Cyber security risks affect every employee in an organisation. As a project leader, you’re in a strong position to effect comprehensive cyber security policies to safeguard sensitive and proprietary data while minimising business interruption. In order to do so you need to learn about the latest trends in cyber security, key vulnerabilities, and what you can do to address them.
The current state of cyber security
Cyber attacks are a major concern of individuals and businesses alike. A quick review of recent ransomware virus attacks, as well as potential threats relating to cloud and Internet of Things (IoT) indicates cyber security can be a costly issue for businesses if not properly addressed.
Recent global ransomware attacks throughout mid-2017 – the biggest outbreak in history – demonstrated how vulnerable businesses can be. Nearly 100 countries were affected by the ransomware, which started in Russia and the Ukraine before spreading to Europe and the rest of the world.
Spread by Word or PDF documents, the ransomware worked by freezing individual computers until ransoms of hundreds of dollars were paid (in Bitcoin). The attack followed the WannaCry attacks in May 2017.
Cloud and IoT vulnerabilities
Research suggests businesses have “complex and chaotic” security provisions when it comes to the two major emerging IT trends of cloud and IoT. The majority of businesses (62% in fact) are worried about IoT security though they’re convinced by the benefits of cloud and IoT tools. The survey suggests threat detection, incident response, and simple, unified solutions can help project managers better guard against potential threats.
Cyber security 101 for project managers
While choosing reliable software vendors is a crucial part of cyber security management, project managers – like other leaders in an organisation – also have a key role to play in preventing security breaches. Learning the basics and integrating this knowledge into your processes is an essential part of your role as a project manager. There are five cyber security basics every project manager needs under their belt.
Consider every project an opportunity to manage and protect data. Proactively seek out tools and processes to enhance data protection, especially when it comes to sensitive data like customer information and employee contracts. Use encryption across devices and networks.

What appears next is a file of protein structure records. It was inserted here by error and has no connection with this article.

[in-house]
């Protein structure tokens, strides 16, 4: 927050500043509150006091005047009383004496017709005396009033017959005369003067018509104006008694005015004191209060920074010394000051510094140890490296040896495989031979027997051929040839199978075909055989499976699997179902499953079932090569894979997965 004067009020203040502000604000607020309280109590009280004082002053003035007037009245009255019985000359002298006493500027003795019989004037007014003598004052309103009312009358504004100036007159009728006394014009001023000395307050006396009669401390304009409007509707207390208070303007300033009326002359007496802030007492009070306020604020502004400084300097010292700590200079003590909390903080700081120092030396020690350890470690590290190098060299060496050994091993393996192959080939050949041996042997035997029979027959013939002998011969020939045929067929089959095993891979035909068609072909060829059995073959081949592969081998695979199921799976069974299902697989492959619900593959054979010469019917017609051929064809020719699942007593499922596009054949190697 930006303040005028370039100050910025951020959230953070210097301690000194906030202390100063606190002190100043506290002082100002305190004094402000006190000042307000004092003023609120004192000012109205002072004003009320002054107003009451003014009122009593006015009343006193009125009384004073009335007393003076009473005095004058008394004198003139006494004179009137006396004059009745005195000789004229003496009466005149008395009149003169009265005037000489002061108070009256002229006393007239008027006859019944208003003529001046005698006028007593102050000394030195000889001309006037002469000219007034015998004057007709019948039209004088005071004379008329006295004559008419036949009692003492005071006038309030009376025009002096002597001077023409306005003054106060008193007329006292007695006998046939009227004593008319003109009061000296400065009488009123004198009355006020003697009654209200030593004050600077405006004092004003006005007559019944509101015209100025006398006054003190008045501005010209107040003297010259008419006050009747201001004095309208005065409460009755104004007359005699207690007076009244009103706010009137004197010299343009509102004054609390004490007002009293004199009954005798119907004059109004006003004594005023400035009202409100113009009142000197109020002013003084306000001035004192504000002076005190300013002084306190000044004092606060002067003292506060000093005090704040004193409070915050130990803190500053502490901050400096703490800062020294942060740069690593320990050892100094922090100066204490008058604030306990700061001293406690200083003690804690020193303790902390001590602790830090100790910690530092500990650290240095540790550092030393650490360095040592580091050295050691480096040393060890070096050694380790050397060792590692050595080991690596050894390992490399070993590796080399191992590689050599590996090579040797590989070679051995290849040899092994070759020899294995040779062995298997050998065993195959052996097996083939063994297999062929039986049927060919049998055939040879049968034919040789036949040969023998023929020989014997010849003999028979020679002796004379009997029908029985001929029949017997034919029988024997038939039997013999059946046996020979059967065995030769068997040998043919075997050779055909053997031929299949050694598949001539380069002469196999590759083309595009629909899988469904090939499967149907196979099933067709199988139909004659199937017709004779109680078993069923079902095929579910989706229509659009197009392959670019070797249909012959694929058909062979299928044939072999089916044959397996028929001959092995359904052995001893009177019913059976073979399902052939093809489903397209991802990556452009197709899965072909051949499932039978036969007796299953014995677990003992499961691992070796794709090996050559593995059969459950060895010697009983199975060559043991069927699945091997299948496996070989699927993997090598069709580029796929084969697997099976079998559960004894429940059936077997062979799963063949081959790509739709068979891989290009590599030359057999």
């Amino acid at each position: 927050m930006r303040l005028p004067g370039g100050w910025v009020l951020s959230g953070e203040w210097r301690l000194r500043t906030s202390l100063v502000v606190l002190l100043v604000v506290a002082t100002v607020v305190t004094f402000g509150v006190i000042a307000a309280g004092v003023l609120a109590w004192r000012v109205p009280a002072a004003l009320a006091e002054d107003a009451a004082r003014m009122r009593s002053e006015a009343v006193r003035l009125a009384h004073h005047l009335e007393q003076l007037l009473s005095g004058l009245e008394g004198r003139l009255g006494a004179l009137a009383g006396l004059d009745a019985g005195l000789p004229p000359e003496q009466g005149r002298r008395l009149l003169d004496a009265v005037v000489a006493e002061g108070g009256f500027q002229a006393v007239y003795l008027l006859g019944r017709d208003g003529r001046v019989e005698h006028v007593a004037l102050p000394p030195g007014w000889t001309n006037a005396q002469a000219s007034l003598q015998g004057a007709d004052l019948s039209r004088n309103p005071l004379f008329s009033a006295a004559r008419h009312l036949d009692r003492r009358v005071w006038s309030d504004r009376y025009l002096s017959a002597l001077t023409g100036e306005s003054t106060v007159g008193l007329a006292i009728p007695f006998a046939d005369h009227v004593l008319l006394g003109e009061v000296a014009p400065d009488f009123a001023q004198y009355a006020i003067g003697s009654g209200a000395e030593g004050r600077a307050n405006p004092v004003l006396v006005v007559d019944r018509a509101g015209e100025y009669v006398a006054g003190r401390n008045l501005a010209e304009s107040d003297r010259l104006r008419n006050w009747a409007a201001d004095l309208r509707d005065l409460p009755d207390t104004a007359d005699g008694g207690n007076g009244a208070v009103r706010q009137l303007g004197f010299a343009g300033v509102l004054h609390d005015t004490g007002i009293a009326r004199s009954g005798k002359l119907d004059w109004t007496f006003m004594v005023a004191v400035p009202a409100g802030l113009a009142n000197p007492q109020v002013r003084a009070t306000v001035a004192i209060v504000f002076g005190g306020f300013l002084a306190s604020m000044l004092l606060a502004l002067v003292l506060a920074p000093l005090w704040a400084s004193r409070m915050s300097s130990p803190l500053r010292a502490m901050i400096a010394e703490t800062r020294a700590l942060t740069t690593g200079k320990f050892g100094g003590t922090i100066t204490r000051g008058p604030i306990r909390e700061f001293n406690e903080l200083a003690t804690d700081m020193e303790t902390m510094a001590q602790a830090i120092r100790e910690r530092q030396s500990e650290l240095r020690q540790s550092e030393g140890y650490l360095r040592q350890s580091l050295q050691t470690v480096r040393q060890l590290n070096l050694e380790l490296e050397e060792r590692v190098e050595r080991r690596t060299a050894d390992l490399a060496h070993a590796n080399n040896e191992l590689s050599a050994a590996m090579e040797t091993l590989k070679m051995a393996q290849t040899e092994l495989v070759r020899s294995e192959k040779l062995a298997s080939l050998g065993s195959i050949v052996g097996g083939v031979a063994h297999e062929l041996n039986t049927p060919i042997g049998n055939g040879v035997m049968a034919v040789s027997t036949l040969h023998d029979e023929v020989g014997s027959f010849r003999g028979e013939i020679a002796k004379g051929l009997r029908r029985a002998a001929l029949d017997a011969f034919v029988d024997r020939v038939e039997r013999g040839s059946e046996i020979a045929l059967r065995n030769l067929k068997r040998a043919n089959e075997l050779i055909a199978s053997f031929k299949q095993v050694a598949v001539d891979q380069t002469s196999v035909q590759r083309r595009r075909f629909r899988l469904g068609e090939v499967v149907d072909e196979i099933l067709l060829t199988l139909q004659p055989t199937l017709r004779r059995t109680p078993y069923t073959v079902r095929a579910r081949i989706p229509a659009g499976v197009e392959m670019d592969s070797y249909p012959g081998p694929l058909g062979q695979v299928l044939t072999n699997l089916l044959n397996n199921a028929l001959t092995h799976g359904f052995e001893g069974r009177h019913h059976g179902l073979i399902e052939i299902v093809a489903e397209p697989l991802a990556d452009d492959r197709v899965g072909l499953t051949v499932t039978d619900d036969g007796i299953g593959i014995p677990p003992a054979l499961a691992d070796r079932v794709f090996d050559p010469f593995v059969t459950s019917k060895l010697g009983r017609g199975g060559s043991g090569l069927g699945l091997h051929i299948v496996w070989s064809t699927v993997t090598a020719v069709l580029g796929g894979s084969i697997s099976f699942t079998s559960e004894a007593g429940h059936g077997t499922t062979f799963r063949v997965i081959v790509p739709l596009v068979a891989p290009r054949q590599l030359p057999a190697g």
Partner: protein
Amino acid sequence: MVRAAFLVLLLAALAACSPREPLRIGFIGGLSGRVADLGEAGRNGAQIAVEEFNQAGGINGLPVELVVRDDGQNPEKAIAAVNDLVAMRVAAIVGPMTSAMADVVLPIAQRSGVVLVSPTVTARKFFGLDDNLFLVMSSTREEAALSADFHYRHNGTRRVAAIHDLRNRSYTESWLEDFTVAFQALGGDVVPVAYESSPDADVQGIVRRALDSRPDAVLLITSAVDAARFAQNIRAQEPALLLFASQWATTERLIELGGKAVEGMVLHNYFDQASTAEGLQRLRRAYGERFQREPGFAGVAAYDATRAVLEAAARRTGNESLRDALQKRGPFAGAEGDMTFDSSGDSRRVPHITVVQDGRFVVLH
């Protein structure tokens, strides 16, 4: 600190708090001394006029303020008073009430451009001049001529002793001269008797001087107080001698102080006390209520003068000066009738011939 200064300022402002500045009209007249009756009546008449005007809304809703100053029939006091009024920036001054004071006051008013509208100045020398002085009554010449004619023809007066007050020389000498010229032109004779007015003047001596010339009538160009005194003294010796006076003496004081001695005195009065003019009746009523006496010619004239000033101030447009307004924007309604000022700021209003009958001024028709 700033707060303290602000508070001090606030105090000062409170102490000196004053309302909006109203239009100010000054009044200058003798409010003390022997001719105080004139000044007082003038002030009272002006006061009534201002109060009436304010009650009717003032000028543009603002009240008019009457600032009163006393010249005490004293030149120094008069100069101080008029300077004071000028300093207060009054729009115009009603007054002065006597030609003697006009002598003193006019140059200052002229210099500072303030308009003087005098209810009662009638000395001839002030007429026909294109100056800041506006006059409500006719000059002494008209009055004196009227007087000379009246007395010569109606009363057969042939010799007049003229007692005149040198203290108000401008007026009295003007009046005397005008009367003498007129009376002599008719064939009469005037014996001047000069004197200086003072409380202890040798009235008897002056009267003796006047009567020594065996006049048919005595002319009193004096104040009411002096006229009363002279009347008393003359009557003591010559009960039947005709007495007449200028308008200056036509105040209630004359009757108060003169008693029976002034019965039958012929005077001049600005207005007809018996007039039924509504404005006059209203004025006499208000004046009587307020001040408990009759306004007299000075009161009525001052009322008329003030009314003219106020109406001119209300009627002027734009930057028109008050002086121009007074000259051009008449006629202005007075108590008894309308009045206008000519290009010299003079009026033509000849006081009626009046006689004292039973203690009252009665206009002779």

2. The cloud
Understand the risks associated with the cloud, and choose your third-party cloud-service providers carefully. Work with your IT consultants to find ways to reduce the risks associated with using cloud services.
3. Passwords and two-step verification
Make strong passwords and two-step verification standard in all your projects is a must. Using a generic password like your dog’s name or your favourite song for all of your accounts is a huge liability. Password software can generate strong passwords for you that will nullify the risk. Remember to change your passwords regularly to maintain air-tight security. Likewise, two-step verification bolsters cyber security by adding an extra layer of protection to your account.
4. BYO devices
If your team members use BYO devices, develop a policy to guard against malware infection risks. Ensure that they adhere to cyber security best practices such as strong passwords, two-step verification and comprehensive understanding of how to handle data on their personal devices.
5. Remote work
If any team members work at home or remotely, make sure they use a virtual private network to keep private data secure as it’s transferred across external networks.
How can ethical hacking help cyber security?
Ethical hacking – also known as penetration testing – is another way to keep your projects and data secure. Ethical hacking involves having a professional hacker test your network for vulnerabilities. By doing so, you find out how to eliminate known vulnerabilities as well as protect your network and projects from malicious hacking.
Ethical hacking can make your emails, databases, VoIP, and other IT elements more secure. The movement towards the cloud along with increasing adoption of IoT are strong reasons for using ethical hacking to discover vulnerabilities. By thinking like a hacker, you can identify complex hacking tactics before they occur to would-be hackers and take preventive measures to protect your system against them.
Cyber security and social media
While social media probably isn’t at the top of your cyber-security priority list, these platforms are so widely used they can affect the cyber security level of your projects and your organisation. This is usually due to the information your team members post to their social media accounts. Hackers mine social media, using it as a reconnaissance resource to device attack strategies.
For example, an employee’s tweet about an upcoming conference for the team can be turned into a phishing attack through email. LinkedIn is another rich resource for would-be hackers, who can use the popular networking site to mine for email addresses for phishing attacks.
So what can you as a project manager do about social media vulnerabilities?
Realise you can minimise the risks. Start by keeping your team members informed on what to share on social media, and recommend strict privacy settings. You might want to develop a detailed social media policy to guide team members. Provide guidance on how and why sharing too much work-related information can impact the organisation, and update the policy as social-media-related cyber security trends change.
As a project leader, you probably don’t think of yourself as a security expert, but as with any other leader in your organisation, you can be an essential facilitator for better cyber security. By understanding recent trends, learning about basic data protection, and using strategies such as ethical hacking, you can give your project the best chance of running smoothly while ensuring data is kept safe.